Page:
My fancy coffee belongs to the third wave, which took off around 2000, with roasters like Intelligentsia, Counter Culture, Stumptown, and Blue Bottle—there are now many more—approaching the category with a heightened level of connoisseurship. Coffee became more like wine, with a new attention to provenance, production methods, nuances in flavor. When it came to sourcing the beans, environmental impact began to be considered, and ethical trade practices were prioritized. Lighter roasting profiles came into fashion, which meant sweeter, fruitier, high-acid cups, ideally taken without milk or sugar. Third-wave baristas, with their gooseneck kettles and Chemex pots, approached brewing with a new degree of precision and intensity.

The growing demand for cold coffee over the past few years has marked a meaningful departure from many of the aesthetics and values central to the third wave. For starters, there’s cold brew’s full, mellow flavor, a firm contrast to the thin, fruity, tea-like brews that baristas in specialty coffee shops have been pushing for years. When coffee is brewed cold, instead of hot, the extraction changes, yielding the chocolaty, round aspect that we associate with cold brew. Even hot-brewed coffee has a higher viscosity when chilled, leading to a creamier, flatter mouthfeel.

Third-wave beverages have a slow deliberateness about them—latte art, four-minute pour-overs—but the cold-coffee experience is defined by speed and convenience. “With Stumptown’s draft nitro cold brew, you’re getting 12 to 16 ounces of cold brew, and people will suck that thing down,” Pilcher says. Many cold-coffee drinkers choose to bypass the café experience entirely, stocking up on cans of the stuff to throw in their gym bags or keep in the fridge at work. Blue Bottle, Stumptown, Café Grumpy, and La Colombe are among the dozens of brands producing packaged products to “meet consumers where they are,” as more than one specialty roaster put it to me, from jugs of cold brew concentrate to grab-and-go cans of Pumpkin Spice Draft Latte. Ready-to-drink coffee is now a $3.4 billion category, according to Euromonitor, and has grown by 31 percent in the past two years alone. In 2016, La Colombe invested in a bottling facility capable of turning out a billion cans of coffee each year.

Each of coffee’s first three waves has brought with it a new cadre of industry players, and the fourth wave is now producing a new gang of cold brew specialists who share as much in common with craft beer brewers as with the café-based roasters that preceded them. Among the category’s first was Grady Laird, who started making cold brew while working in GQ’s print production department. Laird’s homemade brew caught on with his colleagues, and before long, he was doing cash transactions up and down the Condé Nast elevator bank. In 2011, he began marketing Grady’s as a bottled concentrate; last year, the company sold over 5 million servings of cold brew.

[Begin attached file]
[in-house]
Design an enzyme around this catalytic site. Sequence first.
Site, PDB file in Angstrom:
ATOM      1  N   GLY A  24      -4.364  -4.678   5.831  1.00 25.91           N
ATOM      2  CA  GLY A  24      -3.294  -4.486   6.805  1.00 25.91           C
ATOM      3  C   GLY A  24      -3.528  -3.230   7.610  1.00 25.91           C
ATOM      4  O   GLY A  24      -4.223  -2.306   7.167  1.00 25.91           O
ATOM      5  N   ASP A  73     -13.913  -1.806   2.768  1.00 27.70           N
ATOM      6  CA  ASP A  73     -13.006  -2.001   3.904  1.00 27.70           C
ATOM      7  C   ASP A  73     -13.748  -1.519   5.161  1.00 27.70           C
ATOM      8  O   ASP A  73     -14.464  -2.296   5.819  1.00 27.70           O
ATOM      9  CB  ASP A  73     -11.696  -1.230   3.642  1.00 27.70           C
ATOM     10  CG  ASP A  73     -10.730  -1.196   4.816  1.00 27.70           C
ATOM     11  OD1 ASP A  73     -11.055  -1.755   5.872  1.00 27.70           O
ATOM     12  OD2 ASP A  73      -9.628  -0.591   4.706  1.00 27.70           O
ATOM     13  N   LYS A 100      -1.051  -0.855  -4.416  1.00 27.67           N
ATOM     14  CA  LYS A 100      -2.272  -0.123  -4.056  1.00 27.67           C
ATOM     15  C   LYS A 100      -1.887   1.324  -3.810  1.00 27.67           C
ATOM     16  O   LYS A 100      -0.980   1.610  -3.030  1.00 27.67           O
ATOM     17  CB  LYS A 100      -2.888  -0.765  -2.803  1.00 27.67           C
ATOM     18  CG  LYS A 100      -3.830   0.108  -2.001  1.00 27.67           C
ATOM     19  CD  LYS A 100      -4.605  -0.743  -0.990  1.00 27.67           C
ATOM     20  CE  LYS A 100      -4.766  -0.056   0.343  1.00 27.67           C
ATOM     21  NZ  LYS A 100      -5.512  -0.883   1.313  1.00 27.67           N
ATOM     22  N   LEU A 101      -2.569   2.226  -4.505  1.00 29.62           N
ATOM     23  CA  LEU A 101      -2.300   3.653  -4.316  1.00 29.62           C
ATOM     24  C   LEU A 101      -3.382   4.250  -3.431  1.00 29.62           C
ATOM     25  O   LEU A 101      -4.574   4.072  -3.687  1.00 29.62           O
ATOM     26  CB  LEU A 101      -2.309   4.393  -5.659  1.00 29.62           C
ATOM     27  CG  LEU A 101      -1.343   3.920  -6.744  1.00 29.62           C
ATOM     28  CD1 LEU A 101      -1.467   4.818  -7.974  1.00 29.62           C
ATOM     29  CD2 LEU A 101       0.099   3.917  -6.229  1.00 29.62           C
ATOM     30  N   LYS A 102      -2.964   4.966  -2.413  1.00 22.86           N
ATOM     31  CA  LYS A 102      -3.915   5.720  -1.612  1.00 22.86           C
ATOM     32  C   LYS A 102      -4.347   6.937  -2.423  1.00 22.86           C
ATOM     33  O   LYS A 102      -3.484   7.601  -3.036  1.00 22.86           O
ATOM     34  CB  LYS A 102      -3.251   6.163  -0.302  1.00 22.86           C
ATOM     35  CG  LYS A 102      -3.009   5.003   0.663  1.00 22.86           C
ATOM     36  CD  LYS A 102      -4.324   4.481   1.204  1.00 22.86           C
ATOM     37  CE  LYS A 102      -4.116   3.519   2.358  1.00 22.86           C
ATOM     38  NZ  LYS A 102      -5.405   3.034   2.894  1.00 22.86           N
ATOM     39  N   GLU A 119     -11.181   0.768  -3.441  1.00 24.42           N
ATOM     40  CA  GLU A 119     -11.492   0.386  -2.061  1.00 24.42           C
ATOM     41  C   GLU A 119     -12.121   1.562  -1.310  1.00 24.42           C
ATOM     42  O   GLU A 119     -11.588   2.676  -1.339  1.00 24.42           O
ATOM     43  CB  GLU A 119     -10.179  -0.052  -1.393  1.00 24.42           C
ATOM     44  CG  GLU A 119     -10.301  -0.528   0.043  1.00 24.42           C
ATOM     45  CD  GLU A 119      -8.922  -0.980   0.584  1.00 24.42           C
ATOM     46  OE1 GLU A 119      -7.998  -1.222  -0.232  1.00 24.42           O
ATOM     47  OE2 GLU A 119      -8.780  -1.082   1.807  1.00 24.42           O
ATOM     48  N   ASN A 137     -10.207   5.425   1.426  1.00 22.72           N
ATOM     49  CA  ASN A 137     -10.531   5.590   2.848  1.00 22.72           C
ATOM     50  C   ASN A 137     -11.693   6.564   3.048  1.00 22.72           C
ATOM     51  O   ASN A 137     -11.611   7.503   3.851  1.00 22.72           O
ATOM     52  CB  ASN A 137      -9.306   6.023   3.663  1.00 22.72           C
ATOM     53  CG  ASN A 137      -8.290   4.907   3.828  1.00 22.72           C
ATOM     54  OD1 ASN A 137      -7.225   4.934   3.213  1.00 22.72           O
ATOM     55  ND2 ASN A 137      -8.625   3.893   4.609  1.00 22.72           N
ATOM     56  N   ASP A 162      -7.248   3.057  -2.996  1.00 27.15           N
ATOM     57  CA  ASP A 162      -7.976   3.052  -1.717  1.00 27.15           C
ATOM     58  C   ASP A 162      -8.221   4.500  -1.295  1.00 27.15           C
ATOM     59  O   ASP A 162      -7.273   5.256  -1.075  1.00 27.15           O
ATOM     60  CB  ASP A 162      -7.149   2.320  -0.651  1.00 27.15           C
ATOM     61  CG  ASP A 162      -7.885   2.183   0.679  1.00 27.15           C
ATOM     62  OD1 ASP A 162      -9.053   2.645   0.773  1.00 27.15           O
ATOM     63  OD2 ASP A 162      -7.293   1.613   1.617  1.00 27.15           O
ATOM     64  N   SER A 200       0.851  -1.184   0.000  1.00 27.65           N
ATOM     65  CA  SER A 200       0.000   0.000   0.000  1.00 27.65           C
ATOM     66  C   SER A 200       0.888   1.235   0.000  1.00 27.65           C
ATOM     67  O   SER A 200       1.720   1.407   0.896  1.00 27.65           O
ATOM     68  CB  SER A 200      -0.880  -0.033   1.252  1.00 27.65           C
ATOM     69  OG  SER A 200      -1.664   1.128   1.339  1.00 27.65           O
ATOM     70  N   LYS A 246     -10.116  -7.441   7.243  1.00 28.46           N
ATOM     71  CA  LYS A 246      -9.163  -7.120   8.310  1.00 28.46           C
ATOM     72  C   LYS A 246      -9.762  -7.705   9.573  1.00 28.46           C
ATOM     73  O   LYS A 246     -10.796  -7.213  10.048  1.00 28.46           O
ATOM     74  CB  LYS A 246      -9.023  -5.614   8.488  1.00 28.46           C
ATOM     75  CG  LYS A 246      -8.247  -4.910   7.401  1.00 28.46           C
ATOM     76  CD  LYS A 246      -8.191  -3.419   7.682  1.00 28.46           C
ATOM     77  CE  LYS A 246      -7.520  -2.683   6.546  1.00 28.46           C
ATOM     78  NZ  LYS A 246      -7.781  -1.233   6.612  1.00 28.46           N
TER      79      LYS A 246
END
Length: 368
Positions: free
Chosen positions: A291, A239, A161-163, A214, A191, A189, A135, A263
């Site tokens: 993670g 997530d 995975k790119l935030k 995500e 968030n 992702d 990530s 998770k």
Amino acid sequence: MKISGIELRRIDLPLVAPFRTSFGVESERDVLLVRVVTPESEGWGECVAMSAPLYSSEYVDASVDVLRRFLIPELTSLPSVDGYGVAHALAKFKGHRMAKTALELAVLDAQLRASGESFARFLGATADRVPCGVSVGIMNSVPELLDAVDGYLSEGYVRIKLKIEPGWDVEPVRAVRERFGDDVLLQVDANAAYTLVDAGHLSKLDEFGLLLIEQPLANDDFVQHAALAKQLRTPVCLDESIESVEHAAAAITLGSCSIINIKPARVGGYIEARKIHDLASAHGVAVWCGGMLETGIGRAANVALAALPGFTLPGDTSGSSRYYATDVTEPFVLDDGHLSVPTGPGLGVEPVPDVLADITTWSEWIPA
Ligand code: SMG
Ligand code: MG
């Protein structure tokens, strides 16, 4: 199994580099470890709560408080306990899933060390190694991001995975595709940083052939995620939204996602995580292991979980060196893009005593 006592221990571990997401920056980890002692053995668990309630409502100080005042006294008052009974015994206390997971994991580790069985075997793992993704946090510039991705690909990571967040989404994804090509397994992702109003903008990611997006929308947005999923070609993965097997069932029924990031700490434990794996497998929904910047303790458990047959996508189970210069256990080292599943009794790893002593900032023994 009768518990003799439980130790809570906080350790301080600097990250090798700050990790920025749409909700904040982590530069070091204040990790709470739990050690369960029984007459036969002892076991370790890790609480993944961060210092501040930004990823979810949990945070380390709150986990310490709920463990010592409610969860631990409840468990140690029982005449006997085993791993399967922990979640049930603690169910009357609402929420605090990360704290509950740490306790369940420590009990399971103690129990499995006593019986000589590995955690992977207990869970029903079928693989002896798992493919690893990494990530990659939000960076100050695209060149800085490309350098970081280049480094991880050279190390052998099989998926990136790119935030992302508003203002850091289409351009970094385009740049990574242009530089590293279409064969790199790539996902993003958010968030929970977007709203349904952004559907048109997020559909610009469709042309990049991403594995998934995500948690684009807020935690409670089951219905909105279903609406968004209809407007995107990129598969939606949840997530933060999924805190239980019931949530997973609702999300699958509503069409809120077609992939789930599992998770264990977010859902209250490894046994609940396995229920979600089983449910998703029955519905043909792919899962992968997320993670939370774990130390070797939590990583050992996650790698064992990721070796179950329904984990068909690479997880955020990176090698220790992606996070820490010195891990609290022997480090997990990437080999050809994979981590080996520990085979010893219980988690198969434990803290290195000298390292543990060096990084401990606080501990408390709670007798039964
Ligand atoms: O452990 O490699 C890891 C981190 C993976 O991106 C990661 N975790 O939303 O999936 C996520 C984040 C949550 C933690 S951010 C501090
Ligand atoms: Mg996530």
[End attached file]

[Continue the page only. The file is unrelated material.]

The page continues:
A Grady’s cold-brew kit for home

Laird sees convenience as one of cold brew’s prime advantages versus classic hot coffee. “For hot coffee, you have to brew it every single time,” Laird said. “With cold brew, you have this bottle in your fridge, and you can go and pour yourself a cup instantly.” Because cold-brewed coffee doesn’t contain the same volatile oils as coffee brewed hot, it stays fresh in the refrigerator for weeks.

Beyond the convenience factor, though, Laird thinks cold coffee is simply more versatile than the hot version—a thirst-quenching session beverage that can be sipped throughout the day. As people turn away from soda and energy drinks, he believes some of them are filling that void with cold coffee, which provides a jolt of energy without the sugar and additives. “You’re not going to slam a big hot coffee before a workout,” Laird reasons. “With cold brew, the ingredients are very simple. You can pronounce everything.”

This tonal shift from third-wave coffee culture, with its luxuriant brewing rituals and sourcing esoterica, is a common thread within the cold-coffee scene. “It isn’t about you coming in and me telling you everything about natural processing in Yemen,” Carmichael says. For him, this newfound levity has been refreshing; the coffee beans are still sourced to the same exacting standards, but there’s less one-upmanship, less squabbling within the industry about purity and authenticity. “We would get in knockdown drag-outs about the definition of a cappuccino,” he says. “Now it’s no longer this weird kind of knife fight between my acumen and yours.”

When I ask Carmichael if he sees cold coffee as a whole new wave, as I have begun to, he recounts a trip he once took to a tiny island south of Fiji. Carmichael and some friends set out in a small fishing boat overnight; in the morning, when they returned to the island, they saw that the shore had been decimated by a tsunami. Nobody in the group had felt it, and they reasoned that the wave had been so big, and so deep, that the ocean simply lifted them up and dropped them down without anyone taking notice. Cold coffee, he says, reminds him of that. “The other waves, you felt them while they were happening,” Carmichael says. “With cold, it was a pent-up desire. That fault line has been sitting beneath the sea for a long time.”

Elizabeth Dunn

Elizabeth G. Dunn is a journalist based in New York City. Her work appears in The Wall Street Journal, Bloomberg Businessweek, Eater, and on the web site of the New Yorker.